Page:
Bronson made his home available to runaway slaves on the Underground Railroad and was increasingly active with the most radical abolitionists.  He also enjoyed the informal salon that Emerson kept in his parlor.  Abby, however, felt isolated.  She made few friends.  Even Emerson’s wife was distant.  She yearned for Boston so in 1847 the family put the house up for rent and moved next door to Elizabeth Peabody’s influential Boston bookstore.  It was just the first of a series of boarding house addresses in the city.  Anna and Louisa began to work as teachers, tutors, governesses, and took in sewing to help support the family. 
Louisa determined to help her family with her income as a writer in the popular press. In 1849 a Flower Fables collection of stories she wrote for Emerson’s daughter Ellen years earlier was published to moderate success, although the publisher only paid his inexperienced writer $35.  Her first popular romance story, The Rival Painters, A Tale of Rome was written the same year but not published until 1852.  Despite her elevated education, she was not writing genteel poetry or religious essays, the respectable options for women of the time.  Instead she was allowing her romantic imagination run wild and producing heart pounding thrillers for a female audience. 
Louisa began to attend services by Unitarian abolitionist Theodore Parker, an associate of her father’s.  Parker welcomed her into his home and greatly influenced her.  She also became attracted the women’s movement that began with the Seneca Falls declaration.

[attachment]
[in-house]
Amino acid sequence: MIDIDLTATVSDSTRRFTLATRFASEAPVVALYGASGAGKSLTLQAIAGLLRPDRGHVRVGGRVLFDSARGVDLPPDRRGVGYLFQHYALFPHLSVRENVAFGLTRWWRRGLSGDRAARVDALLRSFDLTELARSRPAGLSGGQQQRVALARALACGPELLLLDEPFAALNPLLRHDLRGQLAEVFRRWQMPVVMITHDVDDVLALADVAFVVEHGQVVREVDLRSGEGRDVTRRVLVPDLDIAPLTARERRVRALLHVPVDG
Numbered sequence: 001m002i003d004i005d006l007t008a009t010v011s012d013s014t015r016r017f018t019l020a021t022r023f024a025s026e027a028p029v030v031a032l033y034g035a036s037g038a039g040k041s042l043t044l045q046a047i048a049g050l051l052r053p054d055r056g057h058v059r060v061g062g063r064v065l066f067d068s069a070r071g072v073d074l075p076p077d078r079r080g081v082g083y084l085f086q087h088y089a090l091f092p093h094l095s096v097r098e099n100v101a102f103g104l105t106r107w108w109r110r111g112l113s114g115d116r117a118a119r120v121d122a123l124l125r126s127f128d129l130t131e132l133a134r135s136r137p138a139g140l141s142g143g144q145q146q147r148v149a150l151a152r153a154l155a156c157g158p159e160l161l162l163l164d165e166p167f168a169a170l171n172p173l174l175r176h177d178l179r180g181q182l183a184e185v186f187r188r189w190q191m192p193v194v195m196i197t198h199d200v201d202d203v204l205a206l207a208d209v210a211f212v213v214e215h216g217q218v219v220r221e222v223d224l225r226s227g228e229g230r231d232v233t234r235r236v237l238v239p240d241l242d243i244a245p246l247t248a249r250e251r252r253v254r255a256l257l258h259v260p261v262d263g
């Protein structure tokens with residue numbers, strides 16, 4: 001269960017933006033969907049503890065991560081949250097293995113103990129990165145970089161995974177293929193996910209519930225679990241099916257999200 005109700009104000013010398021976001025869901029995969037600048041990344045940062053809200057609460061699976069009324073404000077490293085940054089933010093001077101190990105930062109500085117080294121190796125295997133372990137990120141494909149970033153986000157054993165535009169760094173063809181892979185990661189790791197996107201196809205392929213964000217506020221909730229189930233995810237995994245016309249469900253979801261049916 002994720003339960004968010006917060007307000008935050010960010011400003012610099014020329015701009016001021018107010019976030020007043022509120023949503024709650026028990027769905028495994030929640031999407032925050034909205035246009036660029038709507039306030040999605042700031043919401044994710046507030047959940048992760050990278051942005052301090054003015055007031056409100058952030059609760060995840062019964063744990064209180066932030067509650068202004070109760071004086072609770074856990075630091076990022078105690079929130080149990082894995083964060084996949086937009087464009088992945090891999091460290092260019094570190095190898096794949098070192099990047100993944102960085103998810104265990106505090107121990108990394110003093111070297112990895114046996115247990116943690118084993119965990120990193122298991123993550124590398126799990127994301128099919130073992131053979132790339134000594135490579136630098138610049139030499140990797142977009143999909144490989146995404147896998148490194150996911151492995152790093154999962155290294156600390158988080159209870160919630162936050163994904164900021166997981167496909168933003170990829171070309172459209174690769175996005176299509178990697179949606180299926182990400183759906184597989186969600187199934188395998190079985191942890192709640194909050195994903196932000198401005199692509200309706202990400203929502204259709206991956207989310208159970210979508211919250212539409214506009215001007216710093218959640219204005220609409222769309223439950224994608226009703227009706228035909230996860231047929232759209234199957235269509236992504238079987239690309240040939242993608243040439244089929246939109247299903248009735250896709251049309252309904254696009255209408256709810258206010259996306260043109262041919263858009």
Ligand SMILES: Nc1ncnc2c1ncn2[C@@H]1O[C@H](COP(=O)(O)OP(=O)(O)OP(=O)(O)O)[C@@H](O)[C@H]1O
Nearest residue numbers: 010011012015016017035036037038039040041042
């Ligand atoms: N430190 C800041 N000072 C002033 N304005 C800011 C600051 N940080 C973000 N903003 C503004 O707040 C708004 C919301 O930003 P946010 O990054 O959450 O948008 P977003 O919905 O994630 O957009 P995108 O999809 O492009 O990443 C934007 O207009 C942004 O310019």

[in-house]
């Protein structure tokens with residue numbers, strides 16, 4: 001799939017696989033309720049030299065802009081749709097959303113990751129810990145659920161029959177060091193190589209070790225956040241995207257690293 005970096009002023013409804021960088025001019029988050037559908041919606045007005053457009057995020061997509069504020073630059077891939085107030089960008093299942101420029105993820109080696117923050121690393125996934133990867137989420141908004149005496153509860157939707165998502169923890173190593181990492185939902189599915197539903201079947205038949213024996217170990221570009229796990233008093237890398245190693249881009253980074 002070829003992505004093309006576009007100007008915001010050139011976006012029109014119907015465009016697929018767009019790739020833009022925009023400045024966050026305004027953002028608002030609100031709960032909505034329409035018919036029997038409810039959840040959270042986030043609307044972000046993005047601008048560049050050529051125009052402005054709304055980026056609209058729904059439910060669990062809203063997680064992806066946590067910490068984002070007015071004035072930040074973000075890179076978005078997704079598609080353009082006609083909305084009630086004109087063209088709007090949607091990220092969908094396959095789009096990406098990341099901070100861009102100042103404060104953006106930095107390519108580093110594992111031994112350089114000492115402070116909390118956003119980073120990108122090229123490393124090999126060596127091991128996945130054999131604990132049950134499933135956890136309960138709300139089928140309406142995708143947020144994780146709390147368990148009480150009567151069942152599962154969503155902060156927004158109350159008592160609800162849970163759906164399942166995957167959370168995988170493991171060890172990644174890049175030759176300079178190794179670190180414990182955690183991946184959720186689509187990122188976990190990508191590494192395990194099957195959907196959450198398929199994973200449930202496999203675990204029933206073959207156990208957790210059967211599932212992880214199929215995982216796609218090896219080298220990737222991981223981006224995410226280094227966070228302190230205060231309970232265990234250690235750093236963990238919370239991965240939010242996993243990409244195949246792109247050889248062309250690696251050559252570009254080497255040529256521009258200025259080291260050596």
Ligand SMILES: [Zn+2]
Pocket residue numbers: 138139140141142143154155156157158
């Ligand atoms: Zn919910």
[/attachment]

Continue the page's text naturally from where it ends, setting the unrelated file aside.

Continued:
By 1853 the family was back in Concord in a house they named Orchard House.  The Hillside House was taken over by Nathaniel Hawthorne and his wife the former Sophia Peabody.  All became members of the Alcott social circle.  In 1860 Bronson was appointed superintendent of the Concord Schools.  With a steady income for the first time in years and support from Louisa’s writing, the family was reasonably secure. 
These were eventful years.  Elizabeth, the youngest daughter, died in 1854, a blow to all immortalized in the death of Beth in Little Women.  The same year Anna married John Pratt.  Louisa divided her time between Concord and rooms in Boston where she found occasional employment and spent her time writing for publication, all the while sending most of her income home.  Her potboilers written as A. M. Barnard were finding homes in increasingly important periodicals.  By 1863 she had won a $100 prize and had her first story published in the nation’s leading magazine, Frank Leslie’s illustrated.  She also worked on the manuscripts for “serious” novels including one based on her own experience as a youthful breadwinner called Success, published over a decade later after she became famous as Work.